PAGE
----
Gregory Meeks y Edgar Ulises Torres no representan a las comunidades afro-colombianas  7/7/2007 Colombia IndyMedia: por Marino Córdoba, Director Afrodes-USA - "Aunque afro colombianos arrodillados al poder y el dinero negocien con Uribe la sangre de miles y miles de muertos negros y defiendan su gobierno en Estados Unidos, nosotros, las víctimas, seguiremos diciendo quiénes son los victimarios. Aunque Uribe nombre ministros y generales negros, si no se resuelve de raíz la tragedia de nuestro pueblo y se respetan sus derechos integrales no callaremos nuestras voces."

Entrevista con Carlos Rosero: "¡nadie se salva solo y nadie salva a nadie!.  6/13/2007 Renacientes: "El Tejido de Comunicación habló con el líder afro, Carlos Rosero, quien es integrante del equipo de coordinación nacional del proceso de comunidades negras – PCN, acerca de la situación que viven sus comunidades en medio del conflicto armado y las políticas neoliberales que afectan día a día la pervivencia de su pueblo."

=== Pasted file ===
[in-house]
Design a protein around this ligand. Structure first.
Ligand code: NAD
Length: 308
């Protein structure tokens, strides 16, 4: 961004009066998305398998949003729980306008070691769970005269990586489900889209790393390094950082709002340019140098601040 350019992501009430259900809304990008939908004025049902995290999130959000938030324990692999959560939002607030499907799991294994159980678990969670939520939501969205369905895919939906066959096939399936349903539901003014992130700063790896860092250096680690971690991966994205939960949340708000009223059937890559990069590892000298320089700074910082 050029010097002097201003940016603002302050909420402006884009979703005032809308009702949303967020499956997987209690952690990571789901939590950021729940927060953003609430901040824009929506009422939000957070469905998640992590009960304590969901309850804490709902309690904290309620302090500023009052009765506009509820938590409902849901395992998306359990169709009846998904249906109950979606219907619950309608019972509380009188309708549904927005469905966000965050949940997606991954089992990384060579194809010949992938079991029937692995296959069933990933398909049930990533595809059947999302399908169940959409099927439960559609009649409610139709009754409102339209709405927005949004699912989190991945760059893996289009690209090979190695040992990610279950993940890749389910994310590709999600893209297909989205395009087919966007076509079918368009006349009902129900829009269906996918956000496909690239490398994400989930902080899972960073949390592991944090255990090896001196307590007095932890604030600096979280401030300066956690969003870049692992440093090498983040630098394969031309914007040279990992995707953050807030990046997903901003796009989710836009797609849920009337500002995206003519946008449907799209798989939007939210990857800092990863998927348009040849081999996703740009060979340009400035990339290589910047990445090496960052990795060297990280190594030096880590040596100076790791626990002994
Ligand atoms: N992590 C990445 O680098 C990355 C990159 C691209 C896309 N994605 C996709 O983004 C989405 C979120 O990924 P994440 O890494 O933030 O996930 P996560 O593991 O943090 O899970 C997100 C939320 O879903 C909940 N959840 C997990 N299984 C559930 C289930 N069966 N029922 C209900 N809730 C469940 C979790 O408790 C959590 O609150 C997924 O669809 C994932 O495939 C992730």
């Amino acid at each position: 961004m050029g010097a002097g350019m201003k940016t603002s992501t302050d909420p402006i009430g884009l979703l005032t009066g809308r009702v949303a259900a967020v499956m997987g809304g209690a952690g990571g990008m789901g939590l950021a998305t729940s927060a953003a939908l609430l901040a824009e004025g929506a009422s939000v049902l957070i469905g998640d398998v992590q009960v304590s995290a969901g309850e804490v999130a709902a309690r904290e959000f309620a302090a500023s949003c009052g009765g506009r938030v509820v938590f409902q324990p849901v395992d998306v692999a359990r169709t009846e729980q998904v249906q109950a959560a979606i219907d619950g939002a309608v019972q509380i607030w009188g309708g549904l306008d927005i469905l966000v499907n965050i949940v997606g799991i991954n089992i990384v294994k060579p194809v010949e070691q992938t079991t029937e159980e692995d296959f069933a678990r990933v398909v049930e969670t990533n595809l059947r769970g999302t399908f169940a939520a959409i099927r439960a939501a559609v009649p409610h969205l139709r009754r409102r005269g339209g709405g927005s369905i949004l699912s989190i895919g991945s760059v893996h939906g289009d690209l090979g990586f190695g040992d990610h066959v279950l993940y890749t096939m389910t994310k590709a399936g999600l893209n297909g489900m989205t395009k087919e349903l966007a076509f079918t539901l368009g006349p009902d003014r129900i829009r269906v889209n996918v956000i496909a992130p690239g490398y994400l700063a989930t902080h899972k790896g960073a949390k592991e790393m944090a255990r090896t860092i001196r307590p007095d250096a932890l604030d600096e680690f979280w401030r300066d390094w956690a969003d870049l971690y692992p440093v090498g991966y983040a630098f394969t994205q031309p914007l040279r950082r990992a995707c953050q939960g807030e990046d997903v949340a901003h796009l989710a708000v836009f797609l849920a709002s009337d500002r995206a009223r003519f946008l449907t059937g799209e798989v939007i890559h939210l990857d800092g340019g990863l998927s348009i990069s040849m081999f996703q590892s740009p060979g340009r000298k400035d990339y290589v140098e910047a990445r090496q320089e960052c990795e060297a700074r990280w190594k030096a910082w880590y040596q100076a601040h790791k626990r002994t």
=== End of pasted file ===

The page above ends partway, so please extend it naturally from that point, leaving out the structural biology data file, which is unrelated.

Massacres and paramilitary land seizures behind the biofuel revolution  6/4/2007 Guardian: "Four years ago Colombia had 172,000 hectares of palm oil," President Alvaro Uribe told the Guardian. "This year we expect to finish with nearly 400,000." "Four years ago Colombia didn't produce a litre of biofuel. Today, because of our administration, Colombia produces 1.2m litres per day." Investment in new installations would continue to boost production, he added." [Uribe is listed in a declassified DIA report as an important Columbian narco-trafficker.]

Biofuel gangs kill for green profits  6/3/2007 London Times: "The paramilitaries are not subtle when it comes to taking land,” said Dominic Nutt, a British specialist with Christian Aid who recently visited Colombia. “They simply visit a community and tell landowners, ‘If you don’t sell to us, we will negotiate with your widow'."

COCOMACIA manifiesta su apoyo decidido a las justas demandas de los indigenas del Chocó  5/30/2007 IndyMedia, Colombia: "El pueblo negro representado en la COCOMACIA manifiesta su apoyo decidido a las justas demandas de la Asociación de Cabildos Indígenas del Chocó."